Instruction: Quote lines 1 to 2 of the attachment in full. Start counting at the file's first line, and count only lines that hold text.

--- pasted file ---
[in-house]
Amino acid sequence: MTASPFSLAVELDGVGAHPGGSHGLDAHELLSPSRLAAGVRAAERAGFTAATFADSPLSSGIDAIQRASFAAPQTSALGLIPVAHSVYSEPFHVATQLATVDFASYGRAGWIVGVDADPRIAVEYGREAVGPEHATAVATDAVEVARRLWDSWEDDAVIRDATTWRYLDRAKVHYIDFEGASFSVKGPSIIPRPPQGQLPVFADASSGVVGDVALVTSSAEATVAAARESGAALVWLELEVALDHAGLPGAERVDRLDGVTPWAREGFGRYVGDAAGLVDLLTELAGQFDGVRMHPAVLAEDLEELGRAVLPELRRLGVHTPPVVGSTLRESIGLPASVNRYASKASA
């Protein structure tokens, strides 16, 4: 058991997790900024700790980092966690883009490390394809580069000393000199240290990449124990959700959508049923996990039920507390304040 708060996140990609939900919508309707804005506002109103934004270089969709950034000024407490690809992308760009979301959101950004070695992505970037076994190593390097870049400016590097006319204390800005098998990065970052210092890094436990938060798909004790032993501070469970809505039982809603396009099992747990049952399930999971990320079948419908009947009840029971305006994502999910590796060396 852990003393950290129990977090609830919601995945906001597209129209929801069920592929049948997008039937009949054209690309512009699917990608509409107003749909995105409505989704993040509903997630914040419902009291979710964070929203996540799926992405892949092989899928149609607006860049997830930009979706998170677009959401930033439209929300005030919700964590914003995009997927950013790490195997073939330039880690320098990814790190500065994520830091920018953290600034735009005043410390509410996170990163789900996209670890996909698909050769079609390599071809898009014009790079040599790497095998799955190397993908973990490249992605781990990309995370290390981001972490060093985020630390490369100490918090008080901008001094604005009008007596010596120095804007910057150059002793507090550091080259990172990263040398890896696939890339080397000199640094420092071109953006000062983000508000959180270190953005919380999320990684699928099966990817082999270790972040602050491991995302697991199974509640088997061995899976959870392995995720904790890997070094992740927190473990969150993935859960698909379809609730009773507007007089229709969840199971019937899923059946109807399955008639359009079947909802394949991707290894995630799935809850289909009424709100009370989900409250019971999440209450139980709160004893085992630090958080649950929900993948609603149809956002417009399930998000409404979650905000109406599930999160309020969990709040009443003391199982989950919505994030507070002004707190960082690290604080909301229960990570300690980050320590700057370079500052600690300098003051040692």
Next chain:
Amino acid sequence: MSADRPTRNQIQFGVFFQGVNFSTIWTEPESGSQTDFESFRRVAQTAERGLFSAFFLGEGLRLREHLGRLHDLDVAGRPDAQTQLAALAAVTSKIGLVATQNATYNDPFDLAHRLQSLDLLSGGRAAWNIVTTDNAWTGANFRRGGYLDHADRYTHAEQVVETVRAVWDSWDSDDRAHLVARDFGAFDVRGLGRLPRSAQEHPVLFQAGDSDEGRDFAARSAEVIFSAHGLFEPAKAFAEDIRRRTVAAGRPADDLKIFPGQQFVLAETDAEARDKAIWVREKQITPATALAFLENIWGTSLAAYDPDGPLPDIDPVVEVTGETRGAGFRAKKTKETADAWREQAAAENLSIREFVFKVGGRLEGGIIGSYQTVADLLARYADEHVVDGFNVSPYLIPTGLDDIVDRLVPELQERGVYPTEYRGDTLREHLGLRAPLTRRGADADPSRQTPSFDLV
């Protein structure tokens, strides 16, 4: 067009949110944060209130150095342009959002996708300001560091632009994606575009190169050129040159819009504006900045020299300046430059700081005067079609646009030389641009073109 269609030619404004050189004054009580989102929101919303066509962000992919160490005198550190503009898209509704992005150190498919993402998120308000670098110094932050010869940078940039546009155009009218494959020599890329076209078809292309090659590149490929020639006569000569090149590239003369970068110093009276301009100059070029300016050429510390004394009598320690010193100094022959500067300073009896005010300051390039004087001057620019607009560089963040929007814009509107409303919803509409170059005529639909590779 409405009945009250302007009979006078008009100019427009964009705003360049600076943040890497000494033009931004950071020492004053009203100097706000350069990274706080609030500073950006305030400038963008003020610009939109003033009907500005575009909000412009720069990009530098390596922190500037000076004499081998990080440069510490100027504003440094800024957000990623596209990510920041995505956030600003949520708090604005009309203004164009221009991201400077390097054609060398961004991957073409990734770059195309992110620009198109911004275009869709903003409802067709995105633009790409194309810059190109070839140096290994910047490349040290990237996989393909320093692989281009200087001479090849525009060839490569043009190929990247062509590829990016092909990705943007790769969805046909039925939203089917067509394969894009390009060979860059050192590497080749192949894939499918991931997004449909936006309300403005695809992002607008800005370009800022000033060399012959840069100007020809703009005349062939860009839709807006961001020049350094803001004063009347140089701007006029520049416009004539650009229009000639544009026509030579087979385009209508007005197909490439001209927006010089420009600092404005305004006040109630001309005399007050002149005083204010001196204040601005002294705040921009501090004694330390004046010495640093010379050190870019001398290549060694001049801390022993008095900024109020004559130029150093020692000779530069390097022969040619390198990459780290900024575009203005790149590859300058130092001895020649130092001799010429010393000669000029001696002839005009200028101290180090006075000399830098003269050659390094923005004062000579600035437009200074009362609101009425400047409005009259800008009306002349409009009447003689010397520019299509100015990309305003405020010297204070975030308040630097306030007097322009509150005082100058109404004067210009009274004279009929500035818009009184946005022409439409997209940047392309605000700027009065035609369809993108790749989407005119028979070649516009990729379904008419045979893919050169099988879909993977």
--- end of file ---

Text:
[in-house]
Amino acid sequence: MTASPFSLAVELDGVGAHPGGSHGLDAHELLSPSRLAAGVRAAERAGFTAATFADSPLSSGIDAIQRASFAAPQTSALGLIPVAHSVYSEPFHVATQLATVDFASYGRAGWIVGVDADPRIAVEYGREAVGPEHATAVATDAVEVARRLWDSWEDDAVIRDATTWRYLDRAKVHYIDFEGASFSVKGPSIIPRPPQGQLPVFADASSGVVGDVALVTSSAEATVAAARESGAALVWLELEVALDHAGLPGAERVDRLDGVTPWAREGFGRYVGDAAGLVDLLTELAGQFDGVRMHPAVLAEDLEELGRAVLPELRRLGVHTPPVVGSTLRESIGLPASVNRYASKASA